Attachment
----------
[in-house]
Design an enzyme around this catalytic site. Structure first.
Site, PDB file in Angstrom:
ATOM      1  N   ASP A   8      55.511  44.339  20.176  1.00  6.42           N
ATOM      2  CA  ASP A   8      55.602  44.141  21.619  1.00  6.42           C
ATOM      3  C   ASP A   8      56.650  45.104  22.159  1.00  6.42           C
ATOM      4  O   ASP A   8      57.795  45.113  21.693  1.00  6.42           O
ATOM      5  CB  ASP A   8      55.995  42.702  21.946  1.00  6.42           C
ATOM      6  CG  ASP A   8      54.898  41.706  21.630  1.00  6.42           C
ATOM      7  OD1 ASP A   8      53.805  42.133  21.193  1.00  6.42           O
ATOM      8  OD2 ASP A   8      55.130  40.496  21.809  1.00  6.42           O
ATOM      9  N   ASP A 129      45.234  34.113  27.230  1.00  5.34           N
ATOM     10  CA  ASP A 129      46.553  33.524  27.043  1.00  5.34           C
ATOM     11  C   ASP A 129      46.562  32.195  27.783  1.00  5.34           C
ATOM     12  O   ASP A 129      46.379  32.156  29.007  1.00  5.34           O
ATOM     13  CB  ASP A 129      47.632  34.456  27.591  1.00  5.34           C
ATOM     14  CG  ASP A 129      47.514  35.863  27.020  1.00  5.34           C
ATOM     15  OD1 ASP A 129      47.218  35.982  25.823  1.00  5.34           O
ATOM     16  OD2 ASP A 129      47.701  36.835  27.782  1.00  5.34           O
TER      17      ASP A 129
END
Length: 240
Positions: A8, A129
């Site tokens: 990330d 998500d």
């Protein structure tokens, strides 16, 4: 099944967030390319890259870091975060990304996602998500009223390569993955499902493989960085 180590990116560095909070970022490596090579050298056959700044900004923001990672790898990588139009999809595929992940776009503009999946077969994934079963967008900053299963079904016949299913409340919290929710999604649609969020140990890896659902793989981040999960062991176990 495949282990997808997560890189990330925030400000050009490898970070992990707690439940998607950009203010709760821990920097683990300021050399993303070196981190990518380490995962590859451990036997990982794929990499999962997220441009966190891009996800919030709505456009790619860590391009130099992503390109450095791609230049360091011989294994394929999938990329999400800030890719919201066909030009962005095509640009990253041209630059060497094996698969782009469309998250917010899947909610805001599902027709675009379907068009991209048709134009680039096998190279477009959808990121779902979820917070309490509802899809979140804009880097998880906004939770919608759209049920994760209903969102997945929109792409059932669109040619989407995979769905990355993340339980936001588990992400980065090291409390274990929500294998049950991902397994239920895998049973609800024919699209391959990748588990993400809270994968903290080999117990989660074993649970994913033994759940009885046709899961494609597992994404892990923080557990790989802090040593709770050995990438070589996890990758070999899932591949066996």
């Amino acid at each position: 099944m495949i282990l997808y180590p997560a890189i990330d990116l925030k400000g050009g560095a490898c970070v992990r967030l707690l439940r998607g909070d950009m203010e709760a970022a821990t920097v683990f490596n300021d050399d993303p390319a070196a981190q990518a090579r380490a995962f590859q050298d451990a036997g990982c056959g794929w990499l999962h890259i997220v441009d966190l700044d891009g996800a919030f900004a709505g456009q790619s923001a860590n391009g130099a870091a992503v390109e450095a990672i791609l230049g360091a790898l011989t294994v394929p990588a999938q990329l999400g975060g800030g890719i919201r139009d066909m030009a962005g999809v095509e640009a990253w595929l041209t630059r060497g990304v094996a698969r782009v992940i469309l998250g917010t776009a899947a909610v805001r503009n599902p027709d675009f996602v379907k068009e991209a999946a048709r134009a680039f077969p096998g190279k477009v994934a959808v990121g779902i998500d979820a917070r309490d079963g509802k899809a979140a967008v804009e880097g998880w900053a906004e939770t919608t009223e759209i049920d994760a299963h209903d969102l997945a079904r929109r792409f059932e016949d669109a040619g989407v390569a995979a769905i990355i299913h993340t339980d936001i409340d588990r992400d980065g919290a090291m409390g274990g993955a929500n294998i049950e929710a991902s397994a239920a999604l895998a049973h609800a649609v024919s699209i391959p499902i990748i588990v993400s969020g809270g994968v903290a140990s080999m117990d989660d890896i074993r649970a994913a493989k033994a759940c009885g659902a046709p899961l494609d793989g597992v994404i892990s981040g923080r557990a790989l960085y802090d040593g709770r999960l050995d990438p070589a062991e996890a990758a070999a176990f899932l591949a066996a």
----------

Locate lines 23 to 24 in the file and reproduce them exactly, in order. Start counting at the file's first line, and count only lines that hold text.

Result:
Positions: A8, A129
């Site tokens: 990330d 998500d």